Frank Ellermann wrote:
Lisa Dusseault wrote:
Charter-bashing should be done *early* if you disagree
However there's no way that this rest can be a "draft standard"
without fixing another major problem in RFC 2821, the design
flaw to favour "accept and bounce" instead of "reject".
Frank, I agree with you, but IMO, in reality this is an implementation
dependent and local policy issue.
This requires SMTP level validation in order to provide instant
rejection gratification and we can only justify a SMTP level validation
in reference to today's high speed computers and enhanced scaling of
In other words, we can't mandate "Integration and Performance
Requirements" on SMTP developers and their customers installed operations.
There are two part:
1) A host may not be able to validate a RCPT TO. But it SHOULD be
highly recommended if it can. For us, we realize at least
60% rejection rate purely on RCPT TO: rejections. The
harvesting red herring does not apply.
2) AVS processing may not scale well. Note, a few months back
I spoke with the CTO of an AVS company and we touched base
on the ideas of dynamic SMTP vs delay post SMTP vs active (background
process file I/O monitor) mail processing. He was highly convinced
that dynamic SMTP processing does not scale well and he indicated the
abandonment of long time AVS vendors with command line scanners
as evidence of the preferred direction. Unfortunately, he also
seem to be totally oblivious about the non-bouncing of accepted
post SMTP mail rejections.
At best, we can add hindsight to encourage SMTP level validation and to
also make it the recommended default choice for operations to use in
their local policies. It can probably be part of the security section.
1) On a related note, we should "focus" and "strengthen" the idea that
return path MUST be a valid address. The Bounce system can only work if
the Return Path is valid. A growing number of systems have implemented
MAIL FROM validation concept. In my view, one of strongest points in
2821 that has help tremendously in MAIL FROM validation technology is
| 3.3 Mail Transactions
| ............. Despite the apparent
| scope of this requirement, there are circumstances in which the
| acceptability of the reverse-path may not be determined until one or
| more forward-paths (in RCPT commands) can be examined. In those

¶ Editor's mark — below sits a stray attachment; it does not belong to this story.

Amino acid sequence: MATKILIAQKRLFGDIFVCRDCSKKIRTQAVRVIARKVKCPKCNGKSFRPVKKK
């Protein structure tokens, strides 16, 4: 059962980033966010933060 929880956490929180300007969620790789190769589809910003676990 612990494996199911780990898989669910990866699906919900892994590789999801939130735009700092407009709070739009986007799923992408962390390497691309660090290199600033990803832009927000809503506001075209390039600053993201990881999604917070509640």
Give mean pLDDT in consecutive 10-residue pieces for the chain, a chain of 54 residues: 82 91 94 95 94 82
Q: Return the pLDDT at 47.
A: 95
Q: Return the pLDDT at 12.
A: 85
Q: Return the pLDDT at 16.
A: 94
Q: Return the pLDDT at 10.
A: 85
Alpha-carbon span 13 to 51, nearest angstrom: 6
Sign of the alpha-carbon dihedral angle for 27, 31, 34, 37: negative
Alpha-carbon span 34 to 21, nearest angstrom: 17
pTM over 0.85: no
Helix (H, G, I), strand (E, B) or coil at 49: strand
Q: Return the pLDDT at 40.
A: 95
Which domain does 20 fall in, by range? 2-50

| cases, the server MAY reasonably accept the reverse-path (with a 250
| reply) and then report problems after the forward-paths are received
| and examined. Normally, failures produce 550 or 553 replies.
This allowed us to justify the delay of MAIL FROM response until the
RCPT TO validation was completed. As indicated above, with a 60% RCPT
TO rejection rate, this provided us with a matching savings of 60% MAIL
FROM validation overhead. The DNS overhead was drastically reduced.
2) We should also remove old school legacy statements like this:
7.1 Mail Security and Spoofing
This specification does not further address the authentication issues
associated with SMTP other than to advocate that useful functionality
not be disabled in the hope of providing some small margin of
protection against an ignorant user who is trying to fake mail.
Its no longer a small ignorant user, but a Multi-Billion dollar industry.
3) I also think we should steer away from the term "Authentication"
since it is more like "Message Acceptance Technology" since acceptance
comes in many forms. Authentication is too heavy handed with politics,
conflict of interest and multi-discipline conflictive subjective
reasonings. By thinking of terms of Message Acceptance, it allows us
to focus on the requirements and BCP we use for accepting and/or
rejecting mail. For example, and I am just using this for an example,
Message Acceptance in terms of SMTP 3.0, implies:
Valid MAIL FROM
Valid RCPT TO
Local Policy DATA acceptance
That should be the first level.
Hector Santos, CTO
Santronics Software, Inc.